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Special Considerations for the Galley Kitchen

Sometimes there just isn’t enough space in a home to have all the features that you want. Every Northern Virginia homeowner has likely experienced this, at one point or another. It gets to the point that no matter how hard you try; you inevitably end up with a room that doesn’t exactly live up to your dream of the perfect space. Enter the galley kitchen. It can seem claustrophobic, cluttered and doesn’t exactly lend itself to catering for a large family or throwing extravagant dinner parties. However, while a galley kitchen is typically lacking in space, it can more than make up for it in functionality and style. All you have to do is make the available space work for you, as limited as it is.

Utilizing Space

The most important aspect of a galley kitchen, and one that we will explore from a number of different angles, is the utilization of space. Space affects the functionality, style and even the perceived size of the kitchen. A wider space will allow for a two-way galley kitchen, where you have parallel cabinets on either side with at least 3 feet of isle space in between. For a narrower space, you may have to go with a single galley kitchen, thus limiting both your work and storage space.

Functional Workspace

You may or may not have heard of the kitchen work triangle, however, it is important that you keep it in mind when designing your galley kitchen’s workspaces. Basically, there should always be an effective working space in the shape of a triangle, between your sink, cook surface and refrigerator. An ideal way to achieve this is by having your fridge at the open end of the kitchen, which then allows you to transition easily to the worktop or sink, and then onto the cook surface. This concept works for both the single and two-way galley kitchen. In the case of the latter, you can have two workstations on one side with the refrigerator and sink, and another workstation on the other side with the cook surface. For those of you fortunate enough to have considerably longer kitchens, you can even move the cook surface to the far wall on its own, leaving it central to the workspaces on either side of the triangle.

Cabinets and Storage Space

A two-way galley kitchen allows for a number of cabinet and storage designs. You can have cabinets above and below your worktops, as well as running from floor to ceiling. If your space only allows for a single galley, floor to ceiling cabinets are preferable, but if you have high ceilings you can also incorporate overhanging storage space in the middle of the kitchen. What is equally important, though, is where you position your cabinets. Remember, the galley kitchen is all about functionality. You want to ensure that you have access to the right utensils and equipment, when and where you need them. There is no point having a set of drawers below your workspace, meaning that you have to walk to the other end of the kitchen to get to your pots and pans, for instance. Reserve the cabinets that are furthest from the main workspaces, sink and cooker for the equipment and utensils that you use least often. Also, avoid keeping equipment and utensils on your worktops where possible; instead, consider working raised shelving into the kitchen design so that they are still within reach, but are not taking up space when not in use.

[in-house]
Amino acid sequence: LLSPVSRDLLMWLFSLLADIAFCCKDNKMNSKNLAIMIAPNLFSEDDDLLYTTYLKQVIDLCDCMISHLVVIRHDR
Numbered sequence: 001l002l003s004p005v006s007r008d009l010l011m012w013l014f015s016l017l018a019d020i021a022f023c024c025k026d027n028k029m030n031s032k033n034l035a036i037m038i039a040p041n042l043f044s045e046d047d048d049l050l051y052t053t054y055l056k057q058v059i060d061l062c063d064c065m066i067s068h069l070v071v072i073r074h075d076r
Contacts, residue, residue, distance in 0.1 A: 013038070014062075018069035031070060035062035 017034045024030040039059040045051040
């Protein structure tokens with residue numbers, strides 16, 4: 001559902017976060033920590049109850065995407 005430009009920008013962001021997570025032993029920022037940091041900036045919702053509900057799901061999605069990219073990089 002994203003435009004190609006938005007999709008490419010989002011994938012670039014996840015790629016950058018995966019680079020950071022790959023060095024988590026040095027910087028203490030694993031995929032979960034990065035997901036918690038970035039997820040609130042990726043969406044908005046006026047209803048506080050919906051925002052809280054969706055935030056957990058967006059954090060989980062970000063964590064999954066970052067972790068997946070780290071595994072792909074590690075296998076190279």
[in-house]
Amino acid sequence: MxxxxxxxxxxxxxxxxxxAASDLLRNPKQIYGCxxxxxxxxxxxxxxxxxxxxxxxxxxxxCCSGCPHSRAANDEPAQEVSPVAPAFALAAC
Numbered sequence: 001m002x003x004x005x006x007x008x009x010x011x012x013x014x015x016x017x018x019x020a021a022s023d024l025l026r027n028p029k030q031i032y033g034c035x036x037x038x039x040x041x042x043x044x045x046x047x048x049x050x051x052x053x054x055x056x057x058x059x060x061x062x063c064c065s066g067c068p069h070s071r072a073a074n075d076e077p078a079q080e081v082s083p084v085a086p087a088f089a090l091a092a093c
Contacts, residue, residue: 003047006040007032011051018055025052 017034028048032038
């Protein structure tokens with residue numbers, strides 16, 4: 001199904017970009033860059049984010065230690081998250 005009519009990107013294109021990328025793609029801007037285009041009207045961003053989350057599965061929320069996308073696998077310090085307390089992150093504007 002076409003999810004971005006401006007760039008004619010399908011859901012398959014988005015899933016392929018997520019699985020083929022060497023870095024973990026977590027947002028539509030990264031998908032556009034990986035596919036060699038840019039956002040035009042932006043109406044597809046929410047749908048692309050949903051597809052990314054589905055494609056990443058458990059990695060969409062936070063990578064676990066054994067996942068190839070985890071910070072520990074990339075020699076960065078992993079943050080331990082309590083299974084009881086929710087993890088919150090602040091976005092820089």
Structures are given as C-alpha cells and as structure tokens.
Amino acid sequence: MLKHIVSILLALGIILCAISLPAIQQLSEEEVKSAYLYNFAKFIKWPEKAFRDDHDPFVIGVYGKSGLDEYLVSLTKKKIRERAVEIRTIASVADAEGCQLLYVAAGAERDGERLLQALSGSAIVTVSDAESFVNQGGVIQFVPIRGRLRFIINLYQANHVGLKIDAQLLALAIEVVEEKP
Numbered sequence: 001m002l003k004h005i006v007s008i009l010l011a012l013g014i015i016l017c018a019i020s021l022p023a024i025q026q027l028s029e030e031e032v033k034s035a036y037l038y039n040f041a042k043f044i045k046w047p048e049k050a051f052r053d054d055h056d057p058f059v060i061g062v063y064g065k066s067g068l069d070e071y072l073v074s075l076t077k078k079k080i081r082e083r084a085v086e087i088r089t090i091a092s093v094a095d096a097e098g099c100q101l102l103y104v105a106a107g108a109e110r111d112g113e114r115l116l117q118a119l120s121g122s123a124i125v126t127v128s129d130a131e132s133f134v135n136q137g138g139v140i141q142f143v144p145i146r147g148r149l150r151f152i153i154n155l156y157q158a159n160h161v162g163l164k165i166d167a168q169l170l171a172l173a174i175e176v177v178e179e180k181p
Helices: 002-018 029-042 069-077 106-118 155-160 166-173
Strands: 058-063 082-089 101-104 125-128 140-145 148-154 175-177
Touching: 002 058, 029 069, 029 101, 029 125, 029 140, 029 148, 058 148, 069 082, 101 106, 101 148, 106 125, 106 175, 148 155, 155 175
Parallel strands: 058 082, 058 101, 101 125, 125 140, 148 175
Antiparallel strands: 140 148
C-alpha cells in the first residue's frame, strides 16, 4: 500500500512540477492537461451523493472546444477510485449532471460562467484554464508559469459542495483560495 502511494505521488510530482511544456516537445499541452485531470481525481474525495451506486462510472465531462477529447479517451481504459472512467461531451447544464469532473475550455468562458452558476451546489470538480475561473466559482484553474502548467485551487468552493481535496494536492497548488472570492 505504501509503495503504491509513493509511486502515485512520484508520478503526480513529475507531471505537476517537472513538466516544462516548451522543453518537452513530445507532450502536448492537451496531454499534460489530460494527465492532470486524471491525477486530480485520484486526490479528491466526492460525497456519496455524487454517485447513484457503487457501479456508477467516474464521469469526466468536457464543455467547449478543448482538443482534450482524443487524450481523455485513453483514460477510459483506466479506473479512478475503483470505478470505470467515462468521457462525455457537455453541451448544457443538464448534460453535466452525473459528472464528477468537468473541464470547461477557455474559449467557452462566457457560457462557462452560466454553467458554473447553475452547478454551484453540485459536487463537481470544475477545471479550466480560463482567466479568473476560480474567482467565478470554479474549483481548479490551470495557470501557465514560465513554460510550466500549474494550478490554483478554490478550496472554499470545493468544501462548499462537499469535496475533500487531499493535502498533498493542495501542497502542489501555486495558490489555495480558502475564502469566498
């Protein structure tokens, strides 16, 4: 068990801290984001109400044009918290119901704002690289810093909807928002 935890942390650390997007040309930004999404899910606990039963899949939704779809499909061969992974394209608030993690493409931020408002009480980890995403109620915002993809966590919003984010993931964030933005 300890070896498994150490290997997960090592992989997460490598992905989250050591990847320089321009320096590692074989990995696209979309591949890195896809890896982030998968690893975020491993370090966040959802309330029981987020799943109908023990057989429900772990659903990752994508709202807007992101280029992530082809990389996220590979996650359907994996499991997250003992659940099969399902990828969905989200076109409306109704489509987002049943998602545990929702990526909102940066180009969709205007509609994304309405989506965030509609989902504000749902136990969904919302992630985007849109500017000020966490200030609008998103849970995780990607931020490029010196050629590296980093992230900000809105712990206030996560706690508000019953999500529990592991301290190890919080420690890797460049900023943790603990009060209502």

Creating the Illusion of Space

Much of what we have already covered will naturally add to the look and style of your galley kitchen. However, there are a few things you can do to brighten it up and create the impression of a larger kitchen. If, due to limited space, your kitchen looks small and cramped, there are a number of ways that you can make the space appear larger. Appliances such as dishwashers and refrigerators can draw attention to the actual length of the kitchen. However, if you disguise them with doors that match your cabinets, it will make the kitchen look longer. Similarly, different shades of white can fool the eye, and create an illusion of a larger space. The lighting in your galley kitchen will have the same effect, so make sure that you take this into account when designing the kitchen. Again, there are a number of ways to achieve this depending on the space that you have. A window at the far end of the kitchen will completely open up the room. If that is not an option, then an open plan entrance to the kitchen will have the same effect. If you have a dining room that is adjacent to the kitchen, you could open the adjoining wall to create a service area. This will give the impression of a much larger kitchen, as well as creating a great space for family and friends to gather during meal times.